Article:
Santa & Mrs. Claus arrive in an antique fire truck to light the Christmas Tree then meet all children who wish to share their holiday wishes. Choruses from local schools, a petting zoo, pony rides, sing-a-longs, and a live nativity provides holiday fun for the whole family.

Farmer’s Market

Produce and products from local farmers, craftspeople, and vendors. 778 Walker Road Parking Lot, Next to Wells Fargo Bank; There is a parking lot next to the Wells Fargo Bank.

Halloween Spooktacular

The Spooktacular provides younger children with a central, convenient place in Great Falls to have fun “trick or treating”. Great Falls vendors offer candy around the Village Green. Pets, on leashes, are welcome to join in the Pet Parade — dressed up in a favorite costume.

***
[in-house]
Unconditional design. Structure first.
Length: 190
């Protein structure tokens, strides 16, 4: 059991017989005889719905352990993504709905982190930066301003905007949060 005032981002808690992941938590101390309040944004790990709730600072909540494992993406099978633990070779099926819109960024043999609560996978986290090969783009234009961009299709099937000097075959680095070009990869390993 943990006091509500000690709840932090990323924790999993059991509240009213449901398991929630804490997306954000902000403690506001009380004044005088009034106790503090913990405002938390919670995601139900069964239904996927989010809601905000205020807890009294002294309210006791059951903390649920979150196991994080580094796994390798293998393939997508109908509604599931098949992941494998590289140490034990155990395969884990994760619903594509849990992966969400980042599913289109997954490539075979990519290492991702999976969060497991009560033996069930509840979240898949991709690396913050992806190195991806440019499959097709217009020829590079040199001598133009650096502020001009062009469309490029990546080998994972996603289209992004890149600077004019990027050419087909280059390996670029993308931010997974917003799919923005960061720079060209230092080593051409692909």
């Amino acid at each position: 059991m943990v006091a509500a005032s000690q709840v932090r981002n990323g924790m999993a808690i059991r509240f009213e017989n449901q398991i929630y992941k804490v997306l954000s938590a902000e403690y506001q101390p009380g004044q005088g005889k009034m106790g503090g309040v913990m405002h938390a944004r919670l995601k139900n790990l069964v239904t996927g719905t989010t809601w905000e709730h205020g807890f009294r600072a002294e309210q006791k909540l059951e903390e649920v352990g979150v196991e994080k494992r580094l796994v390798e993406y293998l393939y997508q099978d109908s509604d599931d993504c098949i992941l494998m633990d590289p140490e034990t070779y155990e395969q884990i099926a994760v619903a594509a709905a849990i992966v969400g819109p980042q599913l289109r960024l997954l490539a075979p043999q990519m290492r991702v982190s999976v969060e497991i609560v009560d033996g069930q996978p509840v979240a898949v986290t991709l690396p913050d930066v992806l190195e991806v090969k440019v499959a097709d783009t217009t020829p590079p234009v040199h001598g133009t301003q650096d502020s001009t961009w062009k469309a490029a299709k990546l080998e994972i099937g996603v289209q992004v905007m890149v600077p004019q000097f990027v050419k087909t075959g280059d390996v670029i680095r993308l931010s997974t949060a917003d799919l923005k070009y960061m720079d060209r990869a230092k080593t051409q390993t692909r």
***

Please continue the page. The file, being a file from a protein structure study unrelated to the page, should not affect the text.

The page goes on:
Great Falls Events

Places to Explore in Great Falls

  • Colvin Run Mill is in Great Falls, Virginia. Built c. 1811, Colvin Run Mill is the sole surviving operational 19th-century water-powered mill in the Washington, D.C. metropolitan area, and its restored mechanism is a nationally significant example of automated technologies pioneered in milling and later adopted across American industry. Down the gravel path of the park is the miller’s house, home to the families who ran the mill. In 1883, Addison Millard moved his family here when he bought the old mill. Addison, his wife Emma, and some of their 20 children lived there. When Addison died, the family stayed and operated the mill until 1934. In the mid-1930s the mill was abandoned, and highway development caused it to be cut off from any near-by water source. The mill was later acquired by the Fairfax County Park Authority, repaired, and made open to the public.